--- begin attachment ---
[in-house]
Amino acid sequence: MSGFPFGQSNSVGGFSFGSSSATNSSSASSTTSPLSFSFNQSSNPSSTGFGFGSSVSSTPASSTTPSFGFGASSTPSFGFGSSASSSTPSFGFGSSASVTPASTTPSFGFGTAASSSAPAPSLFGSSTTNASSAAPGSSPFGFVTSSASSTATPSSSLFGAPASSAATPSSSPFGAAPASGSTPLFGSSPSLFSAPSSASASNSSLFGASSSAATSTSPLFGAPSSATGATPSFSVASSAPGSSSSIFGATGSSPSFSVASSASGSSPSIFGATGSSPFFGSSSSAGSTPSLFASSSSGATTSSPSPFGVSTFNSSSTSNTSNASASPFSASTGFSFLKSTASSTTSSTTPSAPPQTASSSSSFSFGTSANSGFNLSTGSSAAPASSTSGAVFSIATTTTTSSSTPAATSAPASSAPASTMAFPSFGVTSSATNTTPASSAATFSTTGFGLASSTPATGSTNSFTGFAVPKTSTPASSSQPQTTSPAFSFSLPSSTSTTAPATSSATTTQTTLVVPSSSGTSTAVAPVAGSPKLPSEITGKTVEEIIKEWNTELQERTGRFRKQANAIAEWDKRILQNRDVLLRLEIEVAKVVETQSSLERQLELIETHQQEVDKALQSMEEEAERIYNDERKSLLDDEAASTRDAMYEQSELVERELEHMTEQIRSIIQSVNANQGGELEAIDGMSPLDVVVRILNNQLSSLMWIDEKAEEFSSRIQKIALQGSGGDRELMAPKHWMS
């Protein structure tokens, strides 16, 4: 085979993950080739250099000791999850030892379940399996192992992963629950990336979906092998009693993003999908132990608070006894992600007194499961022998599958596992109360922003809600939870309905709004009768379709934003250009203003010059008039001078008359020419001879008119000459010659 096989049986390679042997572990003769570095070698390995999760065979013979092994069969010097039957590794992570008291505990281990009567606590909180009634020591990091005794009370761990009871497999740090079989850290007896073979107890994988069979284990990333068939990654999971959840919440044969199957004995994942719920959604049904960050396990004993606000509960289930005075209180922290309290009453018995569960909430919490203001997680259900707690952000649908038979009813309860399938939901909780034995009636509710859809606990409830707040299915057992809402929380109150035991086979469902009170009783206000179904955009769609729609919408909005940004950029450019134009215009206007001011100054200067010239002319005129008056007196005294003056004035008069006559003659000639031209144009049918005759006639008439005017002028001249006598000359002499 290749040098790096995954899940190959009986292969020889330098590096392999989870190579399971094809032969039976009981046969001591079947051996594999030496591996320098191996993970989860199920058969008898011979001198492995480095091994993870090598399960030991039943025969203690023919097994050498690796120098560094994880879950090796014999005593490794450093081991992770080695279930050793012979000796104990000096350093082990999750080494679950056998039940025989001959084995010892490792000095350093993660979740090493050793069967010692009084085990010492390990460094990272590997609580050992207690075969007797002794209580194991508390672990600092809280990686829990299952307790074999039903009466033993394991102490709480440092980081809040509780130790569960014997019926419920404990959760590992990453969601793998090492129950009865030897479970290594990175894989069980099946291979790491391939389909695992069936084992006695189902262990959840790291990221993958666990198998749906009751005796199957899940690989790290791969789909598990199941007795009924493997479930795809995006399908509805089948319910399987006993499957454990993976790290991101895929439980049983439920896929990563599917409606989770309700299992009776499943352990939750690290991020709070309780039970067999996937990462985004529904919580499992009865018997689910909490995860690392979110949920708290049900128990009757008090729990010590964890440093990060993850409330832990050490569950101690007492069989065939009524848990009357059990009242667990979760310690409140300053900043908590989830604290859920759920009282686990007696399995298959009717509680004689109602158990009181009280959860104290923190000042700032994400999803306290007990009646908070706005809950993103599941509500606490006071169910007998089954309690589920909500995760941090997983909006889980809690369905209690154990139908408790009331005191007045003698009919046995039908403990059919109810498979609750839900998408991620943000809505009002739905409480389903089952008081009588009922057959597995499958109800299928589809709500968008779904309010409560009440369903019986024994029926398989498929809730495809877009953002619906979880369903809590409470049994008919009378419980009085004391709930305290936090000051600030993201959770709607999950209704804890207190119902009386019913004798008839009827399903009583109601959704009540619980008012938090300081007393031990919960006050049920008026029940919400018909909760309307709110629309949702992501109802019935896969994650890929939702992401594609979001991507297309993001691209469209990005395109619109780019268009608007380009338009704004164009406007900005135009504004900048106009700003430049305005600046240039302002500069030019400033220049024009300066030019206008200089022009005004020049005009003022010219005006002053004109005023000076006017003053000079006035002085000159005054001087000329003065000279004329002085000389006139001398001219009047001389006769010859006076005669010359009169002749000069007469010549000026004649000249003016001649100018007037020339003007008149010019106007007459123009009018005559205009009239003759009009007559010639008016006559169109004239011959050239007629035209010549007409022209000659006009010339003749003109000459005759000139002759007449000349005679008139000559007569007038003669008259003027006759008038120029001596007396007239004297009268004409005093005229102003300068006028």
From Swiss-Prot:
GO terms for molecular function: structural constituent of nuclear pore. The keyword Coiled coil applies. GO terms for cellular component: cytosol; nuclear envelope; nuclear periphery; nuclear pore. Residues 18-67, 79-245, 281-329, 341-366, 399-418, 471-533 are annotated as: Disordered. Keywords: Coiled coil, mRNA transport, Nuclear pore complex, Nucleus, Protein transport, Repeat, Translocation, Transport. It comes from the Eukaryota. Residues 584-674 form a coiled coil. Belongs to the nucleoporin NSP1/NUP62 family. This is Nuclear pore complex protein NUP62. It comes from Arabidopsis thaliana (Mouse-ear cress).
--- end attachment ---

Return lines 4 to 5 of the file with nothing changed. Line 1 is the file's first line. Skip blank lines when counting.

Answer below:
From Swiss-Prot:
GO terms for molecular function: structural constituent of nuclear pore. The keyword Coiled coil applies. GO terms for cellular component: cytosol; nuclear envelope; nuclear periphery; nuclear pore. Residues 18-67, 79-245, 281-329, 341-366, 399-418, 471-533 are annotated as: Disordered. Keywords: Coiled coil, mRNA transport, Nuclear pore complex, Nucleus, Protein transport, Repeat, Translocation, Transport. It comes from the Eukaryota. Residues 584-674 form a coiled coil. Belongs to the nucleoporin NSP1/NUP62 family. This is Nuclear pore complex protein NUP62. It comes from Arabidopsis thaliana (Mouse-ear cress).